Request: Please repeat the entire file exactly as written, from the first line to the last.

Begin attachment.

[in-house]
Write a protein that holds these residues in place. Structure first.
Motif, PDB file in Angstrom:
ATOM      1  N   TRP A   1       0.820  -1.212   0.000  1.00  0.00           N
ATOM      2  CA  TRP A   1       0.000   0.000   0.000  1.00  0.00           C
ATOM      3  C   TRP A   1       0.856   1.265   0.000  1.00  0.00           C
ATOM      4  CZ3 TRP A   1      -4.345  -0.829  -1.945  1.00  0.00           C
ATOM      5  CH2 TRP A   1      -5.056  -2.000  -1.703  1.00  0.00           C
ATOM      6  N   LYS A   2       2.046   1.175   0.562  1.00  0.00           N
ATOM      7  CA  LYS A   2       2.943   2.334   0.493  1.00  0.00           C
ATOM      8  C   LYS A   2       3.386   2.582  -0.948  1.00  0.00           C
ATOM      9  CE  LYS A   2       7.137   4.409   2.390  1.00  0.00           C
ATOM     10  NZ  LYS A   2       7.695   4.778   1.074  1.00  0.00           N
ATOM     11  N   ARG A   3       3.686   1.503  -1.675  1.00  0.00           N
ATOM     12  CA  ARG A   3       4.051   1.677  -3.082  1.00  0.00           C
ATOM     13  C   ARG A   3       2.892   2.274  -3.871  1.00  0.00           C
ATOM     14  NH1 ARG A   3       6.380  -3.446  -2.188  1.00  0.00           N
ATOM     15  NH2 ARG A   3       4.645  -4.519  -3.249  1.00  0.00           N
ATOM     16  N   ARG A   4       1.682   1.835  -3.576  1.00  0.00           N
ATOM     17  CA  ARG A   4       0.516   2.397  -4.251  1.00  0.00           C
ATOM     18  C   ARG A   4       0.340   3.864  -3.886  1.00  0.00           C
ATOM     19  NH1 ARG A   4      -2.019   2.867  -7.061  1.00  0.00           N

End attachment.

[in-house]
Write a protein that holds these residues in place. Structure first.
Motif, PDB file in Angstrom:
ATOM      1  N   TRP A   1       0.820  -1.212   0.000  1.00  0.00           N
ATOM      2  CA  TRP A   1       0.000   0.000   0.000  1.00  0.00           C
ATOM      3  C   TRP A   1       0.856   1.265   0.000  1.00  0.00           C
ATOM      4  CZ3 TRP A   1      -4.345  -0.829  -1.945  1.00  0.00           C
ATOM      5  CH2 TRP A   1      -5.056  -2.000  -1.703  1.00  0.00           C
ATOM      6  N   LYS A   2       2.046   1.175   0.562  1.00  0.00           N
ATOM      7  CA  LYS A   2       2.943   2.334   0.493  1.00  0.00           C
ATOM      8  C   LYS A   2       3.386   2.582  -0.948  1.00  0.00           C
ATOM      9  CE  LYS A   2       7.137   4.409   2.390  1.00  0.00           C
ATOM     10  NZ  LYS A   2       7.695   4.778   1.074  1.00  0.00           N
ATOM     11  N   ARG A   3       3.686   1.503  -1.675  1.00  0.00           N
ATOM     12  CA  ARG A   3       4.051   1.677  -3.082  1.00  0.00           C
ATOM     13  C   ARG A   3       2.892   2.274  -3.871  1.00  0.00           C
ATOM     14  NH1 ARG A   3       6.380  -3.446  -2.188  1.00  0.00           N
ATOM     15  NH2 ARG A   3       4.645  -4.519  -3.249  1.00  0.00           N
ATOM     16  N   ARG A   4       1.682   1.835  -3.576  1.00  0.00           N
ATOM     17  CA  ARG A   4       0.516   2.397  -4.251  1.00  0.00           C
ATOM     18  C   ARG A   4       0.340   3.864  -3.886  1.00  0.00           C
ATOM     19  NH1 ARG A   4      -2.019   2.867  -7.061  1.00  0.00           N